Hyundai and Kia to join NACS

East Asian firms’ US EVs are the latest domino to fall to Tesla standard

Hyundai and Kia to join NACS
Yet more OEMS, even those planning their own initiatives, are gatecrashing the supercharger party

South Korean OEM Hyundai and its affiliates Kia and Genesis’ US EVs will be made compatible with Tesla’s North American Charging Standard (NACS) beginning in the fourth quarter of 2024, with the Canadian vehicles set to follow in 2025.

Hyundai says that the decision will double the number of chargers available to its North American EV customers, who will gain access to 12,000 Tesla superchargers across North America. The group’s first EVs with in-built NACS compatibility will roll out in the first quarter of 2025, but existing Hyundai Group EV customers will also have the option to buy a CCS-NACS adapter from 2025.

Hyundai is the latest EV manufacturer in an increasingly long list to adopt NACS charging, which is becoming the de facto industry standard. The OEM joins ranks including US OEMs Ford, Rivian and Fisker, Sweden’s Volvo and Polestar, and Japan’s Nissan.

But Hyundai and Kia are also in a group with Germany’s Mercedes, US OEM GM and Japan’s Honda that have signed NACS deals but also announced in July that they were joining a coalition of seven automakers to construct its own DC fast charging network. The South Korean group argues that there is no conflict in this.

“This new alliance will provide Hyundai EV owners confidence in their ability to conveniently charge their vehicles and complements our joint venture company to create a new, high-powered charging network with at least 30,000 stations across North America,” the firm says.

CCS woes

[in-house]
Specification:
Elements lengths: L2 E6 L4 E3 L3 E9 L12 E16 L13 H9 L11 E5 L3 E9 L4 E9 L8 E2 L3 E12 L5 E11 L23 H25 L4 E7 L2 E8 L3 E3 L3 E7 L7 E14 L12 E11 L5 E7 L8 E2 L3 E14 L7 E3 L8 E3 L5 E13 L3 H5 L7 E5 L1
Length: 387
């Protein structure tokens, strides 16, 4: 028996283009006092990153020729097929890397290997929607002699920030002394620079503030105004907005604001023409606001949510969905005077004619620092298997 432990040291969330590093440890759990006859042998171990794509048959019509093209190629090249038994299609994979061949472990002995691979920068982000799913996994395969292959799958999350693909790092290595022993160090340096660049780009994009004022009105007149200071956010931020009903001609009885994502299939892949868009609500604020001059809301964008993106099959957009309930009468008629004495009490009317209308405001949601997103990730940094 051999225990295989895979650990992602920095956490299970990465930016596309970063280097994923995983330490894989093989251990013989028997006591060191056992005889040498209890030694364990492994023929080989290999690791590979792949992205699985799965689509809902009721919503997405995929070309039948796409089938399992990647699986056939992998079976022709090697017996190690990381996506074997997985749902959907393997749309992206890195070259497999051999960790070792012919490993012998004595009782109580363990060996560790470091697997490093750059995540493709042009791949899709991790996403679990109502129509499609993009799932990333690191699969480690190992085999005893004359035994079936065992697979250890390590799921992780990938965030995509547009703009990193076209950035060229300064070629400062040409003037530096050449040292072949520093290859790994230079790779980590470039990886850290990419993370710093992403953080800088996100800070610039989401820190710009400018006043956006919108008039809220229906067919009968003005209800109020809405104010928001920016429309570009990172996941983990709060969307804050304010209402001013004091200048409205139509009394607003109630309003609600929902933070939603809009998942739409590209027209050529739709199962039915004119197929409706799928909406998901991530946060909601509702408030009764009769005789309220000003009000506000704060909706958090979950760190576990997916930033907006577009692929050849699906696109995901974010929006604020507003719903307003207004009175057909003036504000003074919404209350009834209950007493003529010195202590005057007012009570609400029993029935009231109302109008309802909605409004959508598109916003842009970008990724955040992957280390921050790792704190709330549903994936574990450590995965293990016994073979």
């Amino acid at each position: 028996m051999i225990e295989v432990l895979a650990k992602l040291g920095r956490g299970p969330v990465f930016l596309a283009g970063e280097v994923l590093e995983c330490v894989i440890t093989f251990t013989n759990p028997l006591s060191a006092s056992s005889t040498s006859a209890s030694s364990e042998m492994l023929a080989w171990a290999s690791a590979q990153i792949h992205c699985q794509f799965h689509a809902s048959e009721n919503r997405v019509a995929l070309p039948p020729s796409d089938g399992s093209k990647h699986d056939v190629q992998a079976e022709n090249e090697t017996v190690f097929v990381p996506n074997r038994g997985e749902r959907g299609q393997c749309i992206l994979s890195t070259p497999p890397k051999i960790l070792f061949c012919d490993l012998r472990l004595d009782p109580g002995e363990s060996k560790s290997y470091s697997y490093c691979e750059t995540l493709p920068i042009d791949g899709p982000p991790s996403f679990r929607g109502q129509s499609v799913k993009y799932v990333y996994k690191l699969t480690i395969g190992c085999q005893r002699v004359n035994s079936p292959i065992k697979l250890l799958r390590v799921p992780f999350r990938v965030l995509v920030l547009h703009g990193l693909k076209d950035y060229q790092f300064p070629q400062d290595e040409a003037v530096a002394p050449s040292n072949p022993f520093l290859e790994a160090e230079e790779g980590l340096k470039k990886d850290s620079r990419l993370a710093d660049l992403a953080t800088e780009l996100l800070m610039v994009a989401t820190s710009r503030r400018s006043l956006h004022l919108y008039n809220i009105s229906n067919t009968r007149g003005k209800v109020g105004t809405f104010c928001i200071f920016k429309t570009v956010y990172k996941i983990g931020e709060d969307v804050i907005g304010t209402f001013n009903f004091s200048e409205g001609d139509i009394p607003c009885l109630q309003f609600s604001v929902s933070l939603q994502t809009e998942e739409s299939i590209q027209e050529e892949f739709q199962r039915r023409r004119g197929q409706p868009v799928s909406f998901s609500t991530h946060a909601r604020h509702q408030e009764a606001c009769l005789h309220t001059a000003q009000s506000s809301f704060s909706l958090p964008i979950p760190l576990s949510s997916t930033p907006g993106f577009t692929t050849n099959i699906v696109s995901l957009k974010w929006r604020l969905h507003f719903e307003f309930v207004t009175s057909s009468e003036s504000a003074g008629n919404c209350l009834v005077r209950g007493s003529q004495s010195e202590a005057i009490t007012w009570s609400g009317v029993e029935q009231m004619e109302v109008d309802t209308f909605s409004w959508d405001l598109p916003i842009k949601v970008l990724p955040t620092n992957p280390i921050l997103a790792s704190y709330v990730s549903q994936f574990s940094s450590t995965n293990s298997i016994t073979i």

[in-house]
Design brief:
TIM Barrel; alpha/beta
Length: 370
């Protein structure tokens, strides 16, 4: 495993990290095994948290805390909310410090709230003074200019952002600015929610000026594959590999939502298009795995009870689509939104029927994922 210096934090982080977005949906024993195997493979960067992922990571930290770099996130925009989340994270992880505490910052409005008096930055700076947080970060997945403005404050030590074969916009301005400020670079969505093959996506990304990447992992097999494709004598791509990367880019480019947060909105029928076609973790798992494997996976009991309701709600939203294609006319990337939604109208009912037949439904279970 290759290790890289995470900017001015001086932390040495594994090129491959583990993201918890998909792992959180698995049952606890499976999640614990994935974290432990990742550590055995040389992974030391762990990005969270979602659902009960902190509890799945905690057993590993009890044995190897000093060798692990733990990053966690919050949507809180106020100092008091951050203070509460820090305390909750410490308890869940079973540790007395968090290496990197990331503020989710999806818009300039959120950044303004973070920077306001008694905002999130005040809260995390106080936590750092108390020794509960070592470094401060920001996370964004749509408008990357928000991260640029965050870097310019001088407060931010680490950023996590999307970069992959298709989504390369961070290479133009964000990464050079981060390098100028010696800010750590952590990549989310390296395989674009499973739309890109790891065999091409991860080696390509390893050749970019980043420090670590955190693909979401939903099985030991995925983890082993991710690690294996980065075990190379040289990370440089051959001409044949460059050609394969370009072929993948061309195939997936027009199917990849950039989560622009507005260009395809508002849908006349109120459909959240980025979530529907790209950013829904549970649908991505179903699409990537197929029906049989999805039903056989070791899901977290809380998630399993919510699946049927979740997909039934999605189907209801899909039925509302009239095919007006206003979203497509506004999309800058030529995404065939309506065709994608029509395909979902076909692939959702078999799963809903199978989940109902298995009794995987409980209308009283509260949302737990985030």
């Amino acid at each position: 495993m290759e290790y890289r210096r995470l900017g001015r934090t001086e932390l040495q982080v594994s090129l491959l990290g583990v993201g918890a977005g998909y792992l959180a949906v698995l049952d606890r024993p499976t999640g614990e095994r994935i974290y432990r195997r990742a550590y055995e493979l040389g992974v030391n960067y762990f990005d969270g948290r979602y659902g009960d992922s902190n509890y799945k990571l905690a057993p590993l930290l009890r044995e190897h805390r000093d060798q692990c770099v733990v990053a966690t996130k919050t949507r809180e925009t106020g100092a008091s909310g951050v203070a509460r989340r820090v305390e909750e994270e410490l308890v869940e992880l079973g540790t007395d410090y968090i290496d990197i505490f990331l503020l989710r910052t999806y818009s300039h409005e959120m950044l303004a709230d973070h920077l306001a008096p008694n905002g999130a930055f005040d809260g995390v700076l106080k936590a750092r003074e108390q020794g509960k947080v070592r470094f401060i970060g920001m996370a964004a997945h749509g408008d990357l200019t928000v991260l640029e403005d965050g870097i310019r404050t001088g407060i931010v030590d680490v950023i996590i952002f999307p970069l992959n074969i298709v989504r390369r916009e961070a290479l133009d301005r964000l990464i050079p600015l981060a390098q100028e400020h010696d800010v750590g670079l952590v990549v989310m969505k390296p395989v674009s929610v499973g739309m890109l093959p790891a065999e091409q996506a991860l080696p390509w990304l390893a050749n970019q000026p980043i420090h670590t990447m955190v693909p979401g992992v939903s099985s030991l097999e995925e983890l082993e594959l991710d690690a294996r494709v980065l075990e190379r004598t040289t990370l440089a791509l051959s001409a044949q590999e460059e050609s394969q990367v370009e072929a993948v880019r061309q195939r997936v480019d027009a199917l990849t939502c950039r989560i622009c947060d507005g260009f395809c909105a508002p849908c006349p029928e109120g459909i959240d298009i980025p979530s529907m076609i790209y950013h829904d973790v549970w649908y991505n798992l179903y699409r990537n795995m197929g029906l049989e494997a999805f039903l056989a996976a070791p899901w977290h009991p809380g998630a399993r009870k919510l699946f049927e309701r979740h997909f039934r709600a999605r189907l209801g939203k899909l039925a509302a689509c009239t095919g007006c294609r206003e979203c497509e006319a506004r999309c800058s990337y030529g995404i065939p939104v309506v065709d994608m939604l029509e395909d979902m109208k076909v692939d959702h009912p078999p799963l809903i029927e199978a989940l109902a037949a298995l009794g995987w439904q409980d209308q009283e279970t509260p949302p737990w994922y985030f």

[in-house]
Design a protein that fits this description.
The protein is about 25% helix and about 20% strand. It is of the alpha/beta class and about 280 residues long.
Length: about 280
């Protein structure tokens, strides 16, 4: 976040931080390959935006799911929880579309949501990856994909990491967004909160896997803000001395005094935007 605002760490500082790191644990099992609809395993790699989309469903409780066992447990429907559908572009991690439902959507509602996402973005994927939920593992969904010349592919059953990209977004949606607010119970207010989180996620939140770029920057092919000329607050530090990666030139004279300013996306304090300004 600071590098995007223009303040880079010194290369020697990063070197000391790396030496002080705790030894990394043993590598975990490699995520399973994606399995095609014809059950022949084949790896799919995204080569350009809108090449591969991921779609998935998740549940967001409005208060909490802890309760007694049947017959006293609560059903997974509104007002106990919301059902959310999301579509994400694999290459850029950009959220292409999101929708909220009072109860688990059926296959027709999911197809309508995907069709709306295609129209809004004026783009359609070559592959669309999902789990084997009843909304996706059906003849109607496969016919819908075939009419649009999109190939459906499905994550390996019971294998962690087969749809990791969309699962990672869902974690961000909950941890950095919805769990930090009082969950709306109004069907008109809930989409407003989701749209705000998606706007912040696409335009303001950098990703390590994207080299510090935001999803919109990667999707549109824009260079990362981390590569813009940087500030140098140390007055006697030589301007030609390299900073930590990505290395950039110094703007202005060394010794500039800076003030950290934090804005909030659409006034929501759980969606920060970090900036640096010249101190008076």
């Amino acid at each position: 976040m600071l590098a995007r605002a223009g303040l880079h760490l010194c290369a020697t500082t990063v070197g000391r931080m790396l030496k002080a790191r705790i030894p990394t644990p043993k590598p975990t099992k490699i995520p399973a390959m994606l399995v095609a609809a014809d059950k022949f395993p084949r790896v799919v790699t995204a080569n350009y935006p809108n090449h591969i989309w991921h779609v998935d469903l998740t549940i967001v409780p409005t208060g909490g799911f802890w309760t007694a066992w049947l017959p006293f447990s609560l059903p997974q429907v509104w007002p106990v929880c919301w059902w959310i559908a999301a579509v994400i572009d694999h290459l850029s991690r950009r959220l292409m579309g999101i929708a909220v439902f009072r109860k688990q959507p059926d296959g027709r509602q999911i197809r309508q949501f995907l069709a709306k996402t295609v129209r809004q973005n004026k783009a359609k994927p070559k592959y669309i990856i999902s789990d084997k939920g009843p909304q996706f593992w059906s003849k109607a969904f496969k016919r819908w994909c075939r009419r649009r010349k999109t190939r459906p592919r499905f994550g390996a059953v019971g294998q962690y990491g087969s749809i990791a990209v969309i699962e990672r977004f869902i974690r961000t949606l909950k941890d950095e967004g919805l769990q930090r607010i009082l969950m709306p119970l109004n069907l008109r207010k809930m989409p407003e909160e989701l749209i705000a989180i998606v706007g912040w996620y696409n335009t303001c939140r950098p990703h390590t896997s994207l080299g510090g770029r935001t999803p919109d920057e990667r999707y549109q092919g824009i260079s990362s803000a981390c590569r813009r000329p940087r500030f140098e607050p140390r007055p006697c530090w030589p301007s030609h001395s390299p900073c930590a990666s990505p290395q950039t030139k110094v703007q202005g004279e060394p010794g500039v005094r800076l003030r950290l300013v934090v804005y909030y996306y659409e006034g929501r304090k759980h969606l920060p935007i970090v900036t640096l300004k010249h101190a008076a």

The main competitor for Tesla’s NACS is the Combined Charging Standard (CCS), which has long been dogged by reliability issues. According to live data from the Department of Energy’s Alternative Fuels Data Centre, there are currently 474 CCS charging stations classed as temporarily unavailable in the US out of a total of 12,919. This is compared to just eleven out of 32,045 NACS charging ports across the US which are unavailable.

“In North America the difference between charging on CCS chargers on an EV and Tesla superchargers with a Tesla is like stepping from a Ford Motor Company Model T to a Rimac. The difference is truly that great in reliability, usability and overall customer experience,” says industry expert James Carter.

However, while a slate of OEMs has announced that their cars will be made compatible with NACS charging, none of the competitors’ vehicles have yet been produced with this cross-compatibility. As such, it is not known if Tesla’s charging network will be as reliable with other manufacturers’ EVs as it is with its own.

However, the reliability issues for CCS are not only down to software or hardware issues with the connectors themselves. Many CCS stations were built with government subsidies, and as such were installed without compelling business cases to incentivise operators to invest in their maintenance and reliability.

“It is worth noting that the pure CCS Type 1 design for North America was never really the problem. It was the operational aspect of usability, location, integration, and maintenance by third parties,” Carter suggests.

The industry-wide shift towards NACS, including German legacy firm VW’s decision to add Tesla chargers to its Electrify America network in June, leaves Germany’s BMW, Franco-Italian automaker Stellantis and Japan’s Toyota as the only major OEMs still resisting Tesla’s charging IP. BMW and Stellantis are the two other members of the coalition formed in July, but Toyota is not.

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